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Notes
Parallel Lives by Plutarchus

Otho Chapter 2: Suicide of Tigellinus[69 AD]
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Besides, nothing gratified or gained the whole Roman people more than his justice in relation to Tigellinus. It was not seen how he was in fact already suffering punishment, not only by the very terror of retribution which he saw the whole city requiring as a just debt, but with several incurable diseases also; not to mention those unhallowed frightful excesses among impure and prostituted women, to which, at the very close of life, his lewd nature clung, and in them gasped out, as it were, its last; these, in the opinion of all reasonable men, being themselves the extremest punishment, and equal to many deaths. But it was felt like a grievance by people in general that he continued yet to see the light of day, who had been the occasion of the loss of it to so many persons, and such persons, as had died by his means. Wherefore Otho ordered him to be sent for, just as he was contriving his escape by means of some vessels that lay ready for him on the coast near where he lived, in the neighborhood of Sinuessa. At first he endeavored to corrupt the messenger, by a large sum of money, to favor his design; but when he found this was to no purpose, he made him as considerable a present, as if he had really connived at it, only entreating him to stay till he had shaved; and so took that opportunity, and with his razor dispatched himself.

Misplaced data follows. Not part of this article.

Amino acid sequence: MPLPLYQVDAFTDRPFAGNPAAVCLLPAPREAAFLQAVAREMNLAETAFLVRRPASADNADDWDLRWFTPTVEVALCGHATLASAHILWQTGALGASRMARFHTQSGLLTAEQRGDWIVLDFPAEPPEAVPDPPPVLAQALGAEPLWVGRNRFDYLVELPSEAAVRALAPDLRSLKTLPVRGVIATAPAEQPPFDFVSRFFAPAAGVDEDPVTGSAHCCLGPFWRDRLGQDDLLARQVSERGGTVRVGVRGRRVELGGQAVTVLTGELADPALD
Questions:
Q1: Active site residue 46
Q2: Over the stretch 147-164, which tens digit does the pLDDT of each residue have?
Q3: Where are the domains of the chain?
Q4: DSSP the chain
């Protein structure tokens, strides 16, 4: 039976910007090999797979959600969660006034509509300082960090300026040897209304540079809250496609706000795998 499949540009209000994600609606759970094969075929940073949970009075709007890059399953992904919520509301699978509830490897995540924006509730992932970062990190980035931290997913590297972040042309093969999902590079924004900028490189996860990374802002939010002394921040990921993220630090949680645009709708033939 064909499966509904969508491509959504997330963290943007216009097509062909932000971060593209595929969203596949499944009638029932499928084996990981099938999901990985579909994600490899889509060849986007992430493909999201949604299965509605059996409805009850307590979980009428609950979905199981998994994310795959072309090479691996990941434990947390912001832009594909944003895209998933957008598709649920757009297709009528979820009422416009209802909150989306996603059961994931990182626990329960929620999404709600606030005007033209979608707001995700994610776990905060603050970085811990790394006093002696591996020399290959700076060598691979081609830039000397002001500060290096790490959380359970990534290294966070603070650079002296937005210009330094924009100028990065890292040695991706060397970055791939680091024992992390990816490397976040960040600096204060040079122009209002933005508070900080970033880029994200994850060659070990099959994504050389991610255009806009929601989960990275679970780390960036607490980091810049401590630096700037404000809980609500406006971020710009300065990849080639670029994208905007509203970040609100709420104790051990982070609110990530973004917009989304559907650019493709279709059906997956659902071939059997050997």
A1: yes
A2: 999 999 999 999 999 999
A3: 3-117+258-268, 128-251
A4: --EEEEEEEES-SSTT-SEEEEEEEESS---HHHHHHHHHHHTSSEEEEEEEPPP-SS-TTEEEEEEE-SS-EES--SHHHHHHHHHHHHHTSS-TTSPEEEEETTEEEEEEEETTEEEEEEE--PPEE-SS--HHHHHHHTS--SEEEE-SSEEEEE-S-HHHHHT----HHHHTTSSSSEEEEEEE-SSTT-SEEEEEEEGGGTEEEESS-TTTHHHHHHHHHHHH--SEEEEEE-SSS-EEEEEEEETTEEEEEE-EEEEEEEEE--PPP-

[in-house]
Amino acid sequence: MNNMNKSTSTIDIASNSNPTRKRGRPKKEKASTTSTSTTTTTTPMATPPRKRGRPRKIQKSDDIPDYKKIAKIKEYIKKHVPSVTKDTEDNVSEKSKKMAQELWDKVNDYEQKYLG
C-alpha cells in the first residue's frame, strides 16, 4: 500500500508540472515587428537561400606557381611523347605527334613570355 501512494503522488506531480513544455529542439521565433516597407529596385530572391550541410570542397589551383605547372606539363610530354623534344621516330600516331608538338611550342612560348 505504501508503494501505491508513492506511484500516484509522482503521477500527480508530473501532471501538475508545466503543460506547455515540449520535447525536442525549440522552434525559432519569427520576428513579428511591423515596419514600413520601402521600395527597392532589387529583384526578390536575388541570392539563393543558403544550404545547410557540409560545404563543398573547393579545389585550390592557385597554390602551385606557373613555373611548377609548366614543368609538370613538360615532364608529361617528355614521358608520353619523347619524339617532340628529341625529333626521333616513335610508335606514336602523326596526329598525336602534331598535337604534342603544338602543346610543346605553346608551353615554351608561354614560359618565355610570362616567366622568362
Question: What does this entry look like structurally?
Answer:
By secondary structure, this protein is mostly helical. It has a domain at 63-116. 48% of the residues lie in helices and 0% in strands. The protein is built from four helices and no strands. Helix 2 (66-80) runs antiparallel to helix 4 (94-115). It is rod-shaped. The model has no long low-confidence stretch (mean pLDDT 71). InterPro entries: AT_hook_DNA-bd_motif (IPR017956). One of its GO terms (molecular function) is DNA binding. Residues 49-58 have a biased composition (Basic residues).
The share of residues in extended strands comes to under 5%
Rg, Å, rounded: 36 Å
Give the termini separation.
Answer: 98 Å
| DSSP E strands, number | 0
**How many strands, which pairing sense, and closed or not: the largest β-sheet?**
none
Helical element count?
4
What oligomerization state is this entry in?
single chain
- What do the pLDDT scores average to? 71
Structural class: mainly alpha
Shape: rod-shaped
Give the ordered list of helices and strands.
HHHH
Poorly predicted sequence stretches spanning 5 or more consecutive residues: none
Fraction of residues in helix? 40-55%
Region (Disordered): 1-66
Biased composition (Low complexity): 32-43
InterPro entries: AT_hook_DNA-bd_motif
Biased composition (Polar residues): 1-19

Event: Revolt of Otho